There’s a fairly strong local scene for this music. There’s jam sessions Wednesday nights at the Clinton Corner Café at 21st and Clinton; Saturday afternoons at the Moon and Sixpence in the Hollywood district; ten or more people usually show up…violinists, bass players, an occasional clarinetist or squeeze box player but primarily it’s guitar-driven music. On a certain level everybody can play this music, you don’t have to go to Berklee to understand it. Gypsy jazz provides an entrée into actually playing improvised jazz that’s more accessible to the average musician.In some sense gypsy jazz is the future of jazz; it’s bringing it back into a public forum that the average listener can appreciate.
House of Cards:
My business partner Jen Bernard and I started a booking agency over a year ago with the intent of having a specific group of bands for a specific market (namely private parties, weddings, corporate gigs). We thought it would be cool to hand pick a roster of bands that artistically really intrigued us. We began working with Vagabond Opera, Three Leg Torso, and of course our own projects. It’s a varied group of musicians and we have a professional website where you can hear what they all sound like.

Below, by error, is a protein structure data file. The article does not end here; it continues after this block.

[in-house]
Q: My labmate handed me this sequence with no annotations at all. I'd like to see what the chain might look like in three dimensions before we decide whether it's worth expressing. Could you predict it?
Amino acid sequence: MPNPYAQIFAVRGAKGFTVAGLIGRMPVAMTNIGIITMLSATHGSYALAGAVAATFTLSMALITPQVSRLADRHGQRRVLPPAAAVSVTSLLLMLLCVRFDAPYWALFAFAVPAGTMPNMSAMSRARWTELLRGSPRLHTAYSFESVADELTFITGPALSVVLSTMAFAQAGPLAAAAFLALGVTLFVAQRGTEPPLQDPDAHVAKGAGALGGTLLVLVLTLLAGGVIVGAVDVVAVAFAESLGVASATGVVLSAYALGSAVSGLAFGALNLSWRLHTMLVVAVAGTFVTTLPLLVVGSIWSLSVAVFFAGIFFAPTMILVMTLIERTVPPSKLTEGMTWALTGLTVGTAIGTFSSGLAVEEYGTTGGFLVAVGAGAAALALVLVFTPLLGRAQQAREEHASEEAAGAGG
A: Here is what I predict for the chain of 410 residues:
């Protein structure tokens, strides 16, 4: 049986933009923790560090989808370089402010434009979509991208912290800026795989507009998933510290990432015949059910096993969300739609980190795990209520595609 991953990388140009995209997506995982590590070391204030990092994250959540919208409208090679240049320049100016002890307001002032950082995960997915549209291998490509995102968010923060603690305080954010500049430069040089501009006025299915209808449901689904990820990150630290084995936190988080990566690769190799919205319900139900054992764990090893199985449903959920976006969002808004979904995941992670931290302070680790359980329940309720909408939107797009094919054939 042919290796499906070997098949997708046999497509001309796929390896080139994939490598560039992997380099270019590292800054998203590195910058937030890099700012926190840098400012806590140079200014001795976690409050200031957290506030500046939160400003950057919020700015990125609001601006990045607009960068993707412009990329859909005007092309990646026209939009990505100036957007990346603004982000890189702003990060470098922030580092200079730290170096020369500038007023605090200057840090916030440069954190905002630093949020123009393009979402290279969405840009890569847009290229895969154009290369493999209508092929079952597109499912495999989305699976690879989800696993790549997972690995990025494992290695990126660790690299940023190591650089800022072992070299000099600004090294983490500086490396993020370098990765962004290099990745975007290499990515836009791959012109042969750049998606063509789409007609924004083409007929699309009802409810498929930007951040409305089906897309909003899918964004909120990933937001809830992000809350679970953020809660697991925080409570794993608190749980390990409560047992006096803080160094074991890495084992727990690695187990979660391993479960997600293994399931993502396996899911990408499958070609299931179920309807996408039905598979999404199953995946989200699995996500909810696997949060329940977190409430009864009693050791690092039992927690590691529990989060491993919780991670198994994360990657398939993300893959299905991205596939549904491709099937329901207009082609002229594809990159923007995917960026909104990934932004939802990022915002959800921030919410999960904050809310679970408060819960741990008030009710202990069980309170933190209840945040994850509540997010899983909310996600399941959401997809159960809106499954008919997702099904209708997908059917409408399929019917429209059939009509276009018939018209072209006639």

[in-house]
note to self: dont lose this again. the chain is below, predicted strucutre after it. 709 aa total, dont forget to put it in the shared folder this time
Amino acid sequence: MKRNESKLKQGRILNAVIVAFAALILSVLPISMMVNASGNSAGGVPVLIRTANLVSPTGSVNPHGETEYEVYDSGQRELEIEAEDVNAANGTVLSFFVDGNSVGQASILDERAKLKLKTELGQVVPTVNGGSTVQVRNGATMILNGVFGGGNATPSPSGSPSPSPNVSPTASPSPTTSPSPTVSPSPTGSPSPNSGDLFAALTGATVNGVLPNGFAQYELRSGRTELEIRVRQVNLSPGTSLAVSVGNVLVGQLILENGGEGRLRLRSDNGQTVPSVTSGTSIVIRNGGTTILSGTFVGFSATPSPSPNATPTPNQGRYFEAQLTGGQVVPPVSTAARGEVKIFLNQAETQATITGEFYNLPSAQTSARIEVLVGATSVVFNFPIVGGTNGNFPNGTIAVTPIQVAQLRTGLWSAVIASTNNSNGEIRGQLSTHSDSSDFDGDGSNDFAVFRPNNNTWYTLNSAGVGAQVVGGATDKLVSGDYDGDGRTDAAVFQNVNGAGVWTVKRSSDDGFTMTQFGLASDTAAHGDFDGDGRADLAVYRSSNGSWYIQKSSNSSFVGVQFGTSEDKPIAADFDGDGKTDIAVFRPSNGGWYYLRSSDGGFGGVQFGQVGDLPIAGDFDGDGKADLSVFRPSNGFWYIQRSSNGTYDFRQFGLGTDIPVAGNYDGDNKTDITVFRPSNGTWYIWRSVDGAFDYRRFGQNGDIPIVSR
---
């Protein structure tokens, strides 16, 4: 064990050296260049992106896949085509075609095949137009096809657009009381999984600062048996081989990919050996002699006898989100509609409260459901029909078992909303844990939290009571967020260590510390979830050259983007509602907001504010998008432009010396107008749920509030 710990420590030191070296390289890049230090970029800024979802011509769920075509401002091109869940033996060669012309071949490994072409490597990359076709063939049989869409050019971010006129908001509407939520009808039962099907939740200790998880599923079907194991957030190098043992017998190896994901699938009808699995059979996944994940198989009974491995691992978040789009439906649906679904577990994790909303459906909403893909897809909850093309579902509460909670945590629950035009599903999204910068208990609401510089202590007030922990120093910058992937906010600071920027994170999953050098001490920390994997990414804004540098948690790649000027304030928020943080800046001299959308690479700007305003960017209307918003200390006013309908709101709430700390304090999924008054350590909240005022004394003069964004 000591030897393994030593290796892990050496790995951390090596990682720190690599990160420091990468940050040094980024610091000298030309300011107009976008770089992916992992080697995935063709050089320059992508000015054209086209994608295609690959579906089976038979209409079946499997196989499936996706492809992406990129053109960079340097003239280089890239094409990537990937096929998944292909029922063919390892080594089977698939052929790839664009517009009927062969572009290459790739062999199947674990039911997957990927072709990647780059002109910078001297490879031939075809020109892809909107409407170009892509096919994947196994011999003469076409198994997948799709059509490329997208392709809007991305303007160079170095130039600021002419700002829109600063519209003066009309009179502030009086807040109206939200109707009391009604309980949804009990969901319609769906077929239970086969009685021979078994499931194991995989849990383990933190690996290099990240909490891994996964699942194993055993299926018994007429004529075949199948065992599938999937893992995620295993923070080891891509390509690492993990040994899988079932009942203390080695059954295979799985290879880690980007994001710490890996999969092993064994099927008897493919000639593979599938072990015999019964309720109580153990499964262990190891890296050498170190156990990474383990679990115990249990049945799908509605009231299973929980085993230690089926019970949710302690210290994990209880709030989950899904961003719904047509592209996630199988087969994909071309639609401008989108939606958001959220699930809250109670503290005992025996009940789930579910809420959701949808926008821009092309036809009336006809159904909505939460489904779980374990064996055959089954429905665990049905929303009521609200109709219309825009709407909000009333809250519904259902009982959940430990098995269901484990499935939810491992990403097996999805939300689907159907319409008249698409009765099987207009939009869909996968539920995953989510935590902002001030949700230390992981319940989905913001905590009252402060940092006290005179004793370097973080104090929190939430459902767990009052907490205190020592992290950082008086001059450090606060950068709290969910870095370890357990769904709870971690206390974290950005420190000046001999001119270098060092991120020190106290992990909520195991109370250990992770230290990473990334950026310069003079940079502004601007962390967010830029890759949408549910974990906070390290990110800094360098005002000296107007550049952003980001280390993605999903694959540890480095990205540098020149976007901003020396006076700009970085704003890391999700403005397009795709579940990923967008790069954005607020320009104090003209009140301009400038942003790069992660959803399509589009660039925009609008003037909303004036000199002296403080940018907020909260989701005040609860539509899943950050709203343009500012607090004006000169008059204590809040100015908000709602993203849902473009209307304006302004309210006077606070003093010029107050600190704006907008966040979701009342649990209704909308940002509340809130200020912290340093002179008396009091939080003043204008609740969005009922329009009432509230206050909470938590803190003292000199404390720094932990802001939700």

I’m really affected by the “spirit” of a musician. Duke Ellington, Louis Armstrong, Fats Waller, Art Tatum, Lester Young, Coleman Hawkins, Chet Baker, Nina Simone, Rahssan Roland Kirk, Steve Lacy, Bud Powell; then there’s the gypsy guys like Django Reinhardt, Birelli Legren, Patrick Saussois, Dorado Schmitt, Fapy Lafertin, Koen de Cauter, (Dutch bass clarinetist, violinist and guitarist); and locally trumpeter Farnell Newton, and drummer Lou Chavez; I like the western swing players like Bob Wills and his Texas Playboys, The Hot Club of Cowtown, etc.
Most Satisfying Experience: